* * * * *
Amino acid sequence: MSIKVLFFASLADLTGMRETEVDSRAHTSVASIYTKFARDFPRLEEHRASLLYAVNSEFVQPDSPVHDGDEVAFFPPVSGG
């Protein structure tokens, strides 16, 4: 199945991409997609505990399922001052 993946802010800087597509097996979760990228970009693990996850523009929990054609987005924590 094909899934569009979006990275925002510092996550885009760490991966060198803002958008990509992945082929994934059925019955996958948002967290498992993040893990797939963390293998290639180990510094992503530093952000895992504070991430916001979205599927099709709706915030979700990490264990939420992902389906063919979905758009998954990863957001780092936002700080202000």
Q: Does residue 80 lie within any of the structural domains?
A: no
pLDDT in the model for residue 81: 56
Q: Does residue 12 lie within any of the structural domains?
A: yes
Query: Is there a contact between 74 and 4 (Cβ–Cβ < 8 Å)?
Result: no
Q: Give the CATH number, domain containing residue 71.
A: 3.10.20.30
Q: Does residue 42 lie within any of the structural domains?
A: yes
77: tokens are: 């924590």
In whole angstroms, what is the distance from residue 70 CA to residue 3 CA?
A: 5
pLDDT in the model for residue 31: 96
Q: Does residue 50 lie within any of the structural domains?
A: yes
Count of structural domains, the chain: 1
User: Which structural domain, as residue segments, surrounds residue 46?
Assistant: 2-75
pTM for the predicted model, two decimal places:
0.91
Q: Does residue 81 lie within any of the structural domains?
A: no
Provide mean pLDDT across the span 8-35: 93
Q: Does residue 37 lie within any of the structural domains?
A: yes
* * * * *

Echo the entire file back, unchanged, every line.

Amino acid sequence: MSIKVLFFASLADLTGMRETEVDSRAHTSVASIYTKFARDFPRLEEHRASLLYAVNSEFVQPDSPVHDGDEVAFFPPVSGG
């Protein structure tokens, strides 16, 4: 199945991409997609505990399922001052 993946802010800087597509097996979760990228970009693990996850523009929990054609987005924590 094909899934569009979006990275925002510092996550885009760490991966060198803002958008990509992945082929994934059925019955996958948002967290498992993040893990797939963390293998290639180990510094992503530093952000895992504070991430916001979205599927099709709706915030979700990490264990939420992902389906063919979905758009998954990863957001780092936002700080202000």
Q: Does residue 80 lie within any of the structural domains?
A: no
pLDDT in the model for residue 81: 56
Q: Does residue 12 lie within any of the structural domains?
A: yes
Query: Is there a contact between 74 and 4 (Cβ–Cβ < 8 Å)?
Result: no
Q: Give the CATH number, domain containing residue 71.
A: 3.10.20.30
Q: Does residue 42 lie within any of the structural domains?
A: yes
77: tokens are: 């924590």
In whole angstroms, what is the distance from residue 70 CA to residue 3 CA?
A: 5
pLDDT in the model for residue 31: 96
Q: Does residue 50 lie within any of the structural domains?
A: yes
Count of structural domains, the chain: 1
User: Which structural domain, as residue segments, surrounds residue 46?
Assistant: 2-75
pTM for the predicted model, two decimal places:
0.91
Q: Does residue 81 lie within any of the structural domains?
A: no
Provide mean pLDDT across the span 8-35: 93
Q: Does residue 37 lie within any of the structural domains?
A: yes